PORTLAND – Recent turnover and budget concerns at area public transportation providers have prompted officials from four communities to explore forming a single agency to serve Greater Portland.

Four separate agencies now provide service for Portland, South Portland, Westbrook, Falmouth and the Biddeford-Saco area. Each one has its own schedules and overhead costs for buses, garages and administration.

Despite efforts to better coordinate the system, it remains confusing and inconvenient for riders — especially those in outlying towns like Westbrook and Falmouth, who must make several transfers to reach destinations, particularly to and from South Portland.

The Greater Portland Council of Governments will lead the effort.

Executive Director Neal Allen said the planning agency will soon begin conversations with Greater Portland Metro, South Portland Bus, RTP and Shuttlebus Zoom, which runs from the Saco-Biddeford area to Portland.

Allen said the council will explore any option that would increase efficiency and improve service.

“We are a little unique in this area, with the number of transit providers,” Allen said. “Most of your metropolitan areas only have one transit district or transit authority. It begs the question: Is there a different model?”

The time is right to explore that question, Allen said, because transportation costs continue to rise, while state and federal funding continue to be “an issue of concern.”

Also, recent vacancies in two of the transportation agencies — Metro and RTP — are feeding the desire to re-examine operations.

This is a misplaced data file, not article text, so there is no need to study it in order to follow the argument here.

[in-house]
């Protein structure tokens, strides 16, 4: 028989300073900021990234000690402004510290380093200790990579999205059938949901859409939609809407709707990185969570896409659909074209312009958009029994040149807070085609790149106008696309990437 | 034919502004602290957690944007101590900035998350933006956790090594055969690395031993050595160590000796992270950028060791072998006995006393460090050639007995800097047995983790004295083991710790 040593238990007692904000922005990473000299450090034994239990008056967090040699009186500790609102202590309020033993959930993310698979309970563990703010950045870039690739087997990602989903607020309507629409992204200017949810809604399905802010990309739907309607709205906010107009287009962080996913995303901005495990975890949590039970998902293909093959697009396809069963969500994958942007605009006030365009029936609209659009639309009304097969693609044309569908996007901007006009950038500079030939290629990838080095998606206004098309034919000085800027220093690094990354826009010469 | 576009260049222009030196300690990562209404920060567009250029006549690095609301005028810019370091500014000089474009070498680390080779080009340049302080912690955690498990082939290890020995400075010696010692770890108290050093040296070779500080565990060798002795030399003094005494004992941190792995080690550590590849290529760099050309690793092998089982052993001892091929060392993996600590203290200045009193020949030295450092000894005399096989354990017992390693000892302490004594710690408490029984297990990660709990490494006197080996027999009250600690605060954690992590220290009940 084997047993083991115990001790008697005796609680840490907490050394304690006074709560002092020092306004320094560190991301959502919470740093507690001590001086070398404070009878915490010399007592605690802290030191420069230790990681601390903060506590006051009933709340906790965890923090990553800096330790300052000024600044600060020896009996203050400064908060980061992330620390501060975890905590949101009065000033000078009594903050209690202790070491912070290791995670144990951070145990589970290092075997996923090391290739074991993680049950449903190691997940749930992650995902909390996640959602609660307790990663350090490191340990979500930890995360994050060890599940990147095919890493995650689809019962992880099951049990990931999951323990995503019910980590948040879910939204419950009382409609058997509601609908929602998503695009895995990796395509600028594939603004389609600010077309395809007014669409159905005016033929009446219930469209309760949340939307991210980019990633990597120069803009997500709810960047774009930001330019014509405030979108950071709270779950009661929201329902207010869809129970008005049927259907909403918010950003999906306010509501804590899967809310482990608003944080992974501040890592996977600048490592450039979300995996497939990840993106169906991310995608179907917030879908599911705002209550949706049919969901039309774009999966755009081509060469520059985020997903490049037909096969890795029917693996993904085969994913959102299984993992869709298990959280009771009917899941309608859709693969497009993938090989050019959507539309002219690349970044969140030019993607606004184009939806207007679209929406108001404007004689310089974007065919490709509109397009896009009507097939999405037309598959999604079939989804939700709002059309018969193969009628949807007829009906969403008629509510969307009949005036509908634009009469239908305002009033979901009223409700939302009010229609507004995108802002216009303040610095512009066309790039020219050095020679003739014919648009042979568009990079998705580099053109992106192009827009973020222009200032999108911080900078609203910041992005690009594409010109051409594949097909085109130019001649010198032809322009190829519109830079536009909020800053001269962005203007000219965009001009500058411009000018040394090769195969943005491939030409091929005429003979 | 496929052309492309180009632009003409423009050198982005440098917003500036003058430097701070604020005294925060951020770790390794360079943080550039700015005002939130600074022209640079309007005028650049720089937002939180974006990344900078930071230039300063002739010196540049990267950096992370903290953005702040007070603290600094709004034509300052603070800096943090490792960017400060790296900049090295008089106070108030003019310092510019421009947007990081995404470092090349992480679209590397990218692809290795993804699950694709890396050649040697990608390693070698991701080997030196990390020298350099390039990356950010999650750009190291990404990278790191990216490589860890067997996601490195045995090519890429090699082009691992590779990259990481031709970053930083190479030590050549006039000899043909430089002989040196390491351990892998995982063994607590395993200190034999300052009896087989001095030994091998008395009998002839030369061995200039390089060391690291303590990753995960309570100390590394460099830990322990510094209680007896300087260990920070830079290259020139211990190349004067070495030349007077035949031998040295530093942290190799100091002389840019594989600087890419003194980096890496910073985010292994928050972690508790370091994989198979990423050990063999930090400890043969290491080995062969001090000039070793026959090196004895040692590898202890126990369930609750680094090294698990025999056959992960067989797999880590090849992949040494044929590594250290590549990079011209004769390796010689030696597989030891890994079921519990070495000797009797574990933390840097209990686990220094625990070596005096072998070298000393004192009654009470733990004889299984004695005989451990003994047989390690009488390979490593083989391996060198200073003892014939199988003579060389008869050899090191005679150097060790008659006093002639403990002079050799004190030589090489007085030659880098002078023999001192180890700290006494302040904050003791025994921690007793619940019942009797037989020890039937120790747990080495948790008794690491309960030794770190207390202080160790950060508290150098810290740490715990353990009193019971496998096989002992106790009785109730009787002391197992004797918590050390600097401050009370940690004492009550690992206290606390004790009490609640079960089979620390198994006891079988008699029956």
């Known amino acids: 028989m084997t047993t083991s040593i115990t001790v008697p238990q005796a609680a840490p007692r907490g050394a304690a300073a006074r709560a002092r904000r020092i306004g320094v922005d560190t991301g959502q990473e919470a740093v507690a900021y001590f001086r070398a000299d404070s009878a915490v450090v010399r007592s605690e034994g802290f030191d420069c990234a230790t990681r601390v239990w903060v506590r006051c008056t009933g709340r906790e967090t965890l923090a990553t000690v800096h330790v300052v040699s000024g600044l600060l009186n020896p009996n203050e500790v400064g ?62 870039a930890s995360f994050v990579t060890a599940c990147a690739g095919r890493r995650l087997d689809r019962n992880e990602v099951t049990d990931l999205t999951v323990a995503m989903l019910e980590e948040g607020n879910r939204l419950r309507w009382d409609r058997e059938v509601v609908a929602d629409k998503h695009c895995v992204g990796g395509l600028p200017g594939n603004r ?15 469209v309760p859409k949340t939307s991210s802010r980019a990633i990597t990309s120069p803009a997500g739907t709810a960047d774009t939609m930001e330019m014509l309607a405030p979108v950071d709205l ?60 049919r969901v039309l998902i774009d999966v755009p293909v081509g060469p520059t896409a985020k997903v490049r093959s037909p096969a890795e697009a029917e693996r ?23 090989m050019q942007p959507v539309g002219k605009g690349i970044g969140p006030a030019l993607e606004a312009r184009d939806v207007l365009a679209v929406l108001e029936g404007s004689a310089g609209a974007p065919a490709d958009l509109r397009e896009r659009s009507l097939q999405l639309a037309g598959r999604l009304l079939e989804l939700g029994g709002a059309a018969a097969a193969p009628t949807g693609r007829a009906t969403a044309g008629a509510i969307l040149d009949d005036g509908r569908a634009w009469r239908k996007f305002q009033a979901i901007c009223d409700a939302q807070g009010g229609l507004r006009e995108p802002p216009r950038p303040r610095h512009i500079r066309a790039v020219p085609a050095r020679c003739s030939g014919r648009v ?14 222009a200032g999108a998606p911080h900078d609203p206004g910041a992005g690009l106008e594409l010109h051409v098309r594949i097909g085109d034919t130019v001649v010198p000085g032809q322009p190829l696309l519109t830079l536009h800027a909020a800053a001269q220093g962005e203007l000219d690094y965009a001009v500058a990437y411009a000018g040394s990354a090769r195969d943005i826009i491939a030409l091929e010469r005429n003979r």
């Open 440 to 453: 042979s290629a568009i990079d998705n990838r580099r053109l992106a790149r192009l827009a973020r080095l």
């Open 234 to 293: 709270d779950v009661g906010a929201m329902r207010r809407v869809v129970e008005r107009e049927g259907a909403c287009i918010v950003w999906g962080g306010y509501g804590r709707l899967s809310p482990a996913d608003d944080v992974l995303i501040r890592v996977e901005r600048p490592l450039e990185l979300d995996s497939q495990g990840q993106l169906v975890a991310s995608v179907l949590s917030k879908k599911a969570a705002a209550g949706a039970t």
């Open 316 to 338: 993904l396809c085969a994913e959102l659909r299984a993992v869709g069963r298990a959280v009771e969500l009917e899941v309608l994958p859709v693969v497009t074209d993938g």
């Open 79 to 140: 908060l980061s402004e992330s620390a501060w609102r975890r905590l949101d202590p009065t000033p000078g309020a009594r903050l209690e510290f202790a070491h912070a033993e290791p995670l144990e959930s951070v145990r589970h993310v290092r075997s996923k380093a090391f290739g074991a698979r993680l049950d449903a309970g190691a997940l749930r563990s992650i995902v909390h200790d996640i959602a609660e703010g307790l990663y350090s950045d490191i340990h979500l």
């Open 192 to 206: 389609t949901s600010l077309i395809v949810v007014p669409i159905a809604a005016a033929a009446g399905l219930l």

Metro has an interim general manager, while RTP recently appointed a new director, Allen said.

A group of officials from South Portland, Portland, Falmouth and Westbrook met recently to discuss consolidating service.

“There was very clear support that we should reach out further in the coming weeks and months,” Allen said. “They’re all facing significant budget challenges. Transit service contributions are a part of their budget and they need to look at ways to hopefully find cost savings.”

Metro has a $6.4 million operating and capital budget for 2012, with nearly $84,000 coming from the state and $1.4 million from the federal government. About $2 million is generated from passenger and non-passenger revenue.

Portland pays about $2.4 million for the service, while Westbrook pays about $392,000 and Falmouth pays $137,000.

Falmouth, which joined Metro in 2004, will vote in November on a proposal to withdraw.

Portland Mayor Michael Brennan said he is excited about the regional initiative, which could lead to more, regular bus service and fewer vehicles in the city.

“We have a huge number of people that come into Portland on a daily basis from surrounding communities,” he said. “If we really want to talk about addressing some of the traffic and transportation issues in Portland, we really need to look regionally.”

Brennan said he was encouraged that all four communities agreed to look at the issue. “That’s a very positive indication of us being able to make progress,” he said.

Metro was formed in 1976, serving Portland, Westbrook, Yarmouth, Cape Elizabeth and South Portland, according to Metro’s website. Cape Elizabeth and Yarmouth pulled out in 1978, followed by South Portland in 1983.

South Portland now spends nearly $975,000 a year to operate its bus service. City Manager James Gailey said about $440,000 comes from passenger and non-passenger revenue.

South Portland Mayor Patti Smith did not return calls for comment, but Allen described South Portland’s bus service as “cost-effective.”

Allen said last week’s evaluation was “very preliminary,” so no timetable has been set for developing a new transportation model. He said there would be an extensive public process before any new model was adopted.

Staff Writer Randy Billings can be contacted at 791-6346 or at:

rbillings@mainetoday.com

Twitter: @randybillings